Keeping Bees out of Feeders
First and foremost I want to make sure that you understand that I have nothing against bees and wasps. They are very important parts of our ecosystem and many, many plants depend on them for pollination. That being said, they can be a pain in the “bee-hind” when it comes to hummingbird and oriole feeders.
While some may have bees find their feeders early in the season, luckily, it is a problem that doesn’t really get bad until late summer. I say “luckily” because I don’t think there is a solution for jelly feeders but it tends to occur at the same time (late July/early August) that our orioles are pulling out for parts far south of here.
Certain nectar feeder are pretty effective at discouraging the bees. Two of our oriole nectar feeders have bee guards that have been successful for many. The Fliteline Jr. from the Birding Company has beads in the port that orioles easily push through to get to the nectar while the bees cannot. Perky Pets’ oriole feeder features weighted perches that pull the bee guards out of the way when the oriole lands on it.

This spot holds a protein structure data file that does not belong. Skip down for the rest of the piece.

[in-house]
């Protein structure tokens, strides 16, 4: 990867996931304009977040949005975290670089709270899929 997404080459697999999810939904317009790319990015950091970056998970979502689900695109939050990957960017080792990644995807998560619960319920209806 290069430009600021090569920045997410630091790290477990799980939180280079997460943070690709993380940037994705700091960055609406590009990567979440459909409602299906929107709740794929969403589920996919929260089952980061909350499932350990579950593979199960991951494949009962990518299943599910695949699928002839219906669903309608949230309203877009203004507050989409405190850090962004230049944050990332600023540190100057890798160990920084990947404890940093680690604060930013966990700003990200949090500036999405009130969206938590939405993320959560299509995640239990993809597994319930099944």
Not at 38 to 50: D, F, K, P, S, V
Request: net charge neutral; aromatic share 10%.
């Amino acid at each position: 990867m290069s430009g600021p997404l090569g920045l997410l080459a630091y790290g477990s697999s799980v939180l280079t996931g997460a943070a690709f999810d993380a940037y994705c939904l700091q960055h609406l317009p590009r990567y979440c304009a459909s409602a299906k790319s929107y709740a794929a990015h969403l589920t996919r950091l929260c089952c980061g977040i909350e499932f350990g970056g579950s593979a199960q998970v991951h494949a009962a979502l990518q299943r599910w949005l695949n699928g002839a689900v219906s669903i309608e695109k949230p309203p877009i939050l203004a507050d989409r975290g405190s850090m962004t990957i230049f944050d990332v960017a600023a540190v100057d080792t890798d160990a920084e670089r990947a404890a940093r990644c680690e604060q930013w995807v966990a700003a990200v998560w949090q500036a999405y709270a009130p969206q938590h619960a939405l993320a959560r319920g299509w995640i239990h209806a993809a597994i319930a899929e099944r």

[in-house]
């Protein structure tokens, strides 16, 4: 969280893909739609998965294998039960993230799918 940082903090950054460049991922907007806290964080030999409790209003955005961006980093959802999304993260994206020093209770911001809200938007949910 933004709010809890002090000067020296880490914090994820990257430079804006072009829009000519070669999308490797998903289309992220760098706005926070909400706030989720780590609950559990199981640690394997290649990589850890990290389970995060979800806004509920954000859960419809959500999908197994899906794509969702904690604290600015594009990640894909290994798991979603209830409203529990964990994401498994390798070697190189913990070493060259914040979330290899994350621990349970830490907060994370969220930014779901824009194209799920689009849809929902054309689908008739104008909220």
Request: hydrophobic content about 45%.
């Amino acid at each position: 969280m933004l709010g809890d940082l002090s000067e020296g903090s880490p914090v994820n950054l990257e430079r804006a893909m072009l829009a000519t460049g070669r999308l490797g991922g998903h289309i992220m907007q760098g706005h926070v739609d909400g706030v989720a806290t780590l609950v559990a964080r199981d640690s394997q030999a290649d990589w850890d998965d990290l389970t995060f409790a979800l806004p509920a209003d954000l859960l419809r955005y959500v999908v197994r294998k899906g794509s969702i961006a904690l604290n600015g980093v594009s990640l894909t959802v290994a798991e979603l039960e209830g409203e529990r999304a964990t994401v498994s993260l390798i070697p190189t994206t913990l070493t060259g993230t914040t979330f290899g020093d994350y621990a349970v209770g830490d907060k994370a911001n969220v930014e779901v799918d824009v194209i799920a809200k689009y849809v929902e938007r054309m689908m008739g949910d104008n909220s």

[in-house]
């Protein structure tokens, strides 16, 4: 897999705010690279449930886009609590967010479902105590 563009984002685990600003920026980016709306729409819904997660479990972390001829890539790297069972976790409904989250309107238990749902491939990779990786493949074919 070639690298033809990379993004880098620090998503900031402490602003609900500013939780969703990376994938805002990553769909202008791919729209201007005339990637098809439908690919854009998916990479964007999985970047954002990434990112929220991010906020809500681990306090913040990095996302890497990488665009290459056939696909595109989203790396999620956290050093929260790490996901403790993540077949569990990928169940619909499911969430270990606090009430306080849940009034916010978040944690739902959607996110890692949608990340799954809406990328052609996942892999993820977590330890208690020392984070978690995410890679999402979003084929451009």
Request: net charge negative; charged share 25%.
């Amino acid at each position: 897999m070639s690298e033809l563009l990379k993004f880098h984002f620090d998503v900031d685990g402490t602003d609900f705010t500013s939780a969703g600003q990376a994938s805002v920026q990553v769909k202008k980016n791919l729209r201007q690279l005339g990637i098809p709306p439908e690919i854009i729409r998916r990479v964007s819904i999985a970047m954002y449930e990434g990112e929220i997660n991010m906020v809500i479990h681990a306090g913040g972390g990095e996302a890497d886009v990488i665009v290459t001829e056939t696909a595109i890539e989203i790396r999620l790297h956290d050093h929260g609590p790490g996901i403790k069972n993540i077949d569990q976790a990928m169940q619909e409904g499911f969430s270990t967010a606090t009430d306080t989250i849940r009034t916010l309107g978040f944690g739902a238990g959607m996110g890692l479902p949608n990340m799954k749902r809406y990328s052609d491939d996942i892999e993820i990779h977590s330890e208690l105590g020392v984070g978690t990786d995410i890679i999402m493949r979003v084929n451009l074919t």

Hummingbird feeders are a whole different story. The struggle with bees can be a rather easy one to solve or really frustrating. Feeders that are gravity fed (the nectar is in a bottle above the ports) are almost impossible to keep bees away from. The nectar is always right at the surface of the port and the short proboscis of the bee can easily reach the sugar water. We much prefer flat feeders like the Hummzingers from Aspects.
By filling a Hummzinger only half full, the sugar water in kept a good distance from the port opening above, making it very hard for a bee or wasp to get its first taste and therefore discouraging them from coming back. Aspects also features Nectar Guard Tips for some of their feeders which add another level of protection from bees. I understand they are working on a version that will fit their oriole feeder.
A trick that I read about once was washing the top of your hummingbird feeder with a strong vinegar water solution and not rinsing it. You let it air dry and it place it back on. Hummingbirds like most birds have a poorly developed since of smell and will continue to use the feeder but bees tend to shy away. The battle with bees and nectar feeders has been raging for years. With a little patience and creativity, it can be won.
By Mark McKellar
Image Courtesy of Aspects